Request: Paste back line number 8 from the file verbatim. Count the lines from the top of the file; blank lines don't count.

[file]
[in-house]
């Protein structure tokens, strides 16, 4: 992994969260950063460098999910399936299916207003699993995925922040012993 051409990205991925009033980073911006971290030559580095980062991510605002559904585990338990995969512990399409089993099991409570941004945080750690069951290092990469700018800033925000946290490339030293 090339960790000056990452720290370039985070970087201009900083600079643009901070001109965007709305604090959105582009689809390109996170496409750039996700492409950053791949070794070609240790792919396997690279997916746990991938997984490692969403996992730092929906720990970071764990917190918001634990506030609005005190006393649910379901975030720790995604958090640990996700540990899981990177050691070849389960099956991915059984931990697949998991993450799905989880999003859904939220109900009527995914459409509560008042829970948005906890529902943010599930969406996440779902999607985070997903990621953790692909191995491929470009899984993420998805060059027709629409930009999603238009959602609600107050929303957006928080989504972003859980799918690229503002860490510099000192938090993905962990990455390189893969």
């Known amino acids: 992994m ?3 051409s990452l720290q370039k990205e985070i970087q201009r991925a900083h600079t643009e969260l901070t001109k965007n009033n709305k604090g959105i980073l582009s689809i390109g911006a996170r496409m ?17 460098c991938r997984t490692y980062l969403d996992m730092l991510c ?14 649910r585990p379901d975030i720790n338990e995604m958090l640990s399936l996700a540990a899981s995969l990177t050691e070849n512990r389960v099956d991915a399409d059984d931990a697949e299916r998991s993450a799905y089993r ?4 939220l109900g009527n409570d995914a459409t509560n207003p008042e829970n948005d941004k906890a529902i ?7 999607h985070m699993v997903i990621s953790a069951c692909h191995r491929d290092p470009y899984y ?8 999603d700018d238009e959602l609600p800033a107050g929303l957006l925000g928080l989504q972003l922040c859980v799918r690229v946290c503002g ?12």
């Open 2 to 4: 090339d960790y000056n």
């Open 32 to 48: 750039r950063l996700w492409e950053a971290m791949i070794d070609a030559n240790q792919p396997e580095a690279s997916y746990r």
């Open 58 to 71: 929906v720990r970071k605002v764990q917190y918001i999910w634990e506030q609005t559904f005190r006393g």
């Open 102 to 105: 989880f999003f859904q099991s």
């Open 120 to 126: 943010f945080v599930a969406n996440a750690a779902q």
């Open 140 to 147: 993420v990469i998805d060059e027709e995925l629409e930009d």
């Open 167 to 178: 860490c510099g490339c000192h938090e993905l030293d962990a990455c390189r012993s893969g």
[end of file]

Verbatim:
């Open 120 to 126: 943010f945080v599930a969406n996440a750690a779902q």